Editors' ChoiceNeuroscience

Wnt Signals in the Mature Hippocampus

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Science's STKE  01 Nov 2005:
Vol. 2005, Issue 308, pp. tw385
DOI: 10.1126/stke.3082005tw385

New dentate granule neurons derived from adult hippocampal stem (or progenitor) cells (AHPs) in the subgranular zone (SGZ) of the dentate gyrus (one of two regions in the adult mammalian brain where generation of new neurons from neural stem cells occurs) may play a role in hippocampal plasticity and learning. Although signals from neighboring astrocytes are known to regulate AHP proliferation and differentiation, the precise nature of these signals has been unclear. Lie et al. combined in situ hybridization with reverse transcription polymerase chain reaction analysis to show that Wnt3 was expressed in astrocytes near the SGZ of adult mice and that the Wnt receptor Frizzled 1 and components of the Wnt/β-catenin pathway (Dishevelled1 and Axin) were expressed in AHPs. Moreover, analysis of mice expressing a Wnt/β-catenin reporter indicated that this pathway was active in the SGZ and dentate granule cell layer. Coculture of AHPs with hippocampal astrocytes stimulated Wnt/β-catenin signaling in cells that developed neuronal markers, whereas differentiation into neurons of AHPs cocultured with hippocampal astrocytes was decreased in the presence of a Wnt inhibitor or when a dominant-negative inhibitor of Wnt/β-catenin signaling was expressed. Wnt3 overexpression in cultured AHPs enhanced neurogenesis by stimulating neuroblast proliferation and promoting neuronal fate commitment. Neurogenesis in the dentate gyrus of adult rats was reduced when Wnt signaling was inhibited by expression of a secreted Wnt1 mutant, whereas Wnt3 overexpression promoted adult hippocampal neurogenesis. Thus, Wnt signaling, which plays a critical role during brain development, also appears to regulate neurogenesis in the adult hippocampus.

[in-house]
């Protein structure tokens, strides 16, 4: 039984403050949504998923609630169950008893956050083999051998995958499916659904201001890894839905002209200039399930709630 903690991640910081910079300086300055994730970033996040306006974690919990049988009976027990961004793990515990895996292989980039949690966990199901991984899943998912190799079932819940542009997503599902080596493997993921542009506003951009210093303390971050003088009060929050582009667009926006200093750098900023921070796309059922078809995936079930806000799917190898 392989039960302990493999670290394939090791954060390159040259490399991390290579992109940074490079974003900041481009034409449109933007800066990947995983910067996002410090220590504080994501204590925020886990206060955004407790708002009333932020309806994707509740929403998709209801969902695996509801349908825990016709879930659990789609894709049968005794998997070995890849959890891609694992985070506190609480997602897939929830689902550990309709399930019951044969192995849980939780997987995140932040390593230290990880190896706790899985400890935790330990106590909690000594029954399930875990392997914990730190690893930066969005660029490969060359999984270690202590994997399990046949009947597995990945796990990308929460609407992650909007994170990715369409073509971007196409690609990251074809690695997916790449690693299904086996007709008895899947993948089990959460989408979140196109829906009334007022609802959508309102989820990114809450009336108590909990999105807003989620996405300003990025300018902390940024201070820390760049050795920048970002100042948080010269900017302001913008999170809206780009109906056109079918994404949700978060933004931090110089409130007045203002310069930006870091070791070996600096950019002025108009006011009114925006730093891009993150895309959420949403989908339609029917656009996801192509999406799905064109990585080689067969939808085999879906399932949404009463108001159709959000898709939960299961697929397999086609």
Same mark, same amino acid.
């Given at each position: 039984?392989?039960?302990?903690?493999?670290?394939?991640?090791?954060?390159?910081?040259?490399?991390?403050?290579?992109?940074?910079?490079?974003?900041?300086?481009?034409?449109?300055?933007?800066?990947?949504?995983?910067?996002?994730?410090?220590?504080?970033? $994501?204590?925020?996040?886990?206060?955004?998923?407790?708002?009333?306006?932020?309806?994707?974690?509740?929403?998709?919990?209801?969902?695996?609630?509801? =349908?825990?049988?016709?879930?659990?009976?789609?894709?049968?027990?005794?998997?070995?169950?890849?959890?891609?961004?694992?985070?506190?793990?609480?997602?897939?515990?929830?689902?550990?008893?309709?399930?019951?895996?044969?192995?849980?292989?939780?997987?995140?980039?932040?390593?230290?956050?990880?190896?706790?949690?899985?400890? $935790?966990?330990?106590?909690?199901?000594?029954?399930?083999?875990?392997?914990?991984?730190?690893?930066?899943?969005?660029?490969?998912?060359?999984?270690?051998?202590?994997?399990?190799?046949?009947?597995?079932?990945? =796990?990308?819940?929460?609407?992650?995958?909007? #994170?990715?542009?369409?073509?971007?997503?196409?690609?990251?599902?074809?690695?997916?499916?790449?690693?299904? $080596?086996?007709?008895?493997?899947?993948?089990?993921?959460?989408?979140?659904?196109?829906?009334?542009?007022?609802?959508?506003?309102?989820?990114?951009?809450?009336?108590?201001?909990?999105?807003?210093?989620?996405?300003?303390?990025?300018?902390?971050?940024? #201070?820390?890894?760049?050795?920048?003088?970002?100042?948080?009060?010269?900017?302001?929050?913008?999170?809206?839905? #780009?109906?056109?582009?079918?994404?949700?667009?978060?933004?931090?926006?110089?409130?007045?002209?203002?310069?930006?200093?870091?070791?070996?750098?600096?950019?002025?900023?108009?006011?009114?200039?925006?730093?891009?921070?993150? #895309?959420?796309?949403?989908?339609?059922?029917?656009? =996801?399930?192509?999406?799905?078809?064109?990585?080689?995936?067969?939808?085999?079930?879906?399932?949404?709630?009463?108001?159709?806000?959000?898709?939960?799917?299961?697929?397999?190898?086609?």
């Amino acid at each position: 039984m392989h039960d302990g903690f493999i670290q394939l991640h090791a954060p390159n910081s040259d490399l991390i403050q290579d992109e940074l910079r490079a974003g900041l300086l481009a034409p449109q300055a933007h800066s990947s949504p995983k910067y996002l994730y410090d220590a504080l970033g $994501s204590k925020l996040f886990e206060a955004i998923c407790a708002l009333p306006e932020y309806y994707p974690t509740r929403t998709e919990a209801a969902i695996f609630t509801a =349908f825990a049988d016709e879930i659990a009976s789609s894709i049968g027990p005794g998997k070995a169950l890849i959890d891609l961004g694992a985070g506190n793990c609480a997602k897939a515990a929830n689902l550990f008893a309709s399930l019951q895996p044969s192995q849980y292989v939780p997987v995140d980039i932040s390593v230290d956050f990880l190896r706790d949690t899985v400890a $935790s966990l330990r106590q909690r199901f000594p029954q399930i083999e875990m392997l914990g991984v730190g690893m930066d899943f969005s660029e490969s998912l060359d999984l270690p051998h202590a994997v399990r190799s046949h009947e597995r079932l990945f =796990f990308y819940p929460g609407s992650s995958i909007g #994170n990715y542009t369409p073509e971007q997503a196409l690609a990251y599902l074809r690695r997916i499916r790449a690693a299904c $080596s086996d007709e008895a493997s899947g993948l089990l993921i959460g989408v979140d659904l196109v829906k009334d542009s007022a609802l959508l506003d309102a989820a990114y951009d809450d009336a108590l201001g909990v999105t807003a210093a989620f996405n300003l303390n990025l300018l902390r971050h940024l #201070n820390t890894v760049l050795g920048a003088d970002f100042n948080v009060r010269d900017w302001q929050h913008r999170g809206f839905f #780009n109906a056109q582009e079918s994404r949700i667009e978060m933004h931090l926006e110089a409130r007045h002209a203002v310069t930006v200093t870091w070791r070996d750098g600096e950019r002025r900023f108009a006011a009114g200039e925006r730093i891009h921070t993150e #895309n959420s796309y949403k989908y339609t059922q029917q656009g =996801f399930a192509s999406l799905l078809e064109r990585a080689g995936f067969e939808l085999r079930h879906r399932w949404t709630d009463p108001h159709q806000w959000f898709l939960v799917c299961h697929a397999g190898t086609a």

D.-C. Lie, S. A. Colamarino, H.-J. Song, L. Désiré, H. Mira, A. Consiglio, E. S. Lein, S. Jessberger, H. Lansford, A. R. Dearie, F. H. Gage, Wnt signalling regulates adult hippocampal neurogenesis. Nature 437, 1370-1375 (2005). [PubMed]

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